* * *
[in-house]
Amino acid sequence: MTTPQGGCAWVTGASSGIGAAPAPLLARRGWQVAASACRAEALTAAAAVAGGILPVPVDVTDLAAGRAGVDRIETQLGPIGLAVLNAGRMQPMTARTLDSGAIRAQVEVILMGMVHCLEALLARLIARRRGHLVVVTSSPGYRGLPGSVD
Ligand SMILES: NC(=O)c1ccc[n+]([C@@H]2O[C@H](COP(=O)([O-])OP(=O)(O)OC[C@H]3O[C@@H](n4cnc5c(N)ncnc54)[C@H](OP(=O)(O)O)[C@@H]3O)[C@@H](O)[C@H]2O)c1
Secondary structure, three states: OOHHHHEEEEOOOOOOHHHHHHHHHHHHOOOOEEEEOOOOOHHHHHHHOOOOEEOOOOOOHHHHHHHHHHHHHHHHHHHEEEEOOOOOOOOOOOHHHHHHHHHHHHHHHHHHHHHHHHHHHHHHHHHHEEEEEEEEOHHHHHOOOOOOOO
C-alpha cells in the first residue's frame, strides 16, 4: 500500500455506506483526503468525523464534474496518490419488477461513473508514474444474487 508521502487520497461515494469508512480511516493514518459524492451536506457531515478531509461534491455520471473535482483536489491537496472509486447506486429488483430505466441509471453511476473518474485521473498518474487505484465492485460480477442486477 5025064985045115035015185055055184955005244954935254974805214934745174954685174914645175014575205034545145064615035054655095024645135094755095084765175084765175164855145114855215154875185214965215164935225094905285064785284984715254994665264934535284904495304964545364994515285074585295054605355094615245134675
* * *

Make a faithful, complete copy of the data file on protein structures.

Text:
[in-house]
Amino acid sequence: MTTPQGGCAWVTGASSGIGAAPAPLLARRGWQVAASACRAEALTAAAAVAGGILPVPVDVTDLAAGRAGVDRIETQLGPIGLAVLNAGRMQPMTARTLDSGAIRAQVEVILMGMVHCLEALLARLIARRRGHLVVVTSSPGYRGLPGSVD
Ligand SMILES: NC(=O)c1ccc[n+]([C@@H]2O[C@H](COP(=O)([O-])OP(=O)(O)OC[C@H]3O[C@@H](n4cnc5c(N)ncnc54)[C@H](OP(=O)(O)O)[C@@H]3O)[C@@H](O)[C@H]2O)c1
Secondary structure, three states: OOHHHHEEEEOOOOOOHHHHHHHHHHHHOOOOEEEEOOOOOHHHHHHHOOOOEEOOOOOOHHHHHHHHHHHHHHHHHHHEEEEOOOOOOOOOOOHHHHHHHHHHHHHHHHHHHHHHHHHHHHHHHHHHEEEEEEEEOHHHHHOOOOOOOO
C-alpha cells in the first residue's frame, strides 16, 4: 500500500455506506483526503468525523464534474496518490419488477461513473508514474444474487 508521502487520497461515494469508512480511516493514518459524492451536506457531515478531509461534491455520471473535482483536489491537496472509486447506486429488483430505466441509471453511476473518474485521473498518474487505484465492485460480477442486477 5025064985045115035015185055055184955005244954935254974805214934745174954685174914645175014575205034545145064615035054655095024645135094755095084765175084765175164855145114855215154875185214965215164935225094905285064785284984715254994665264934535284904495304964545364994515285074585295054605355094615245134675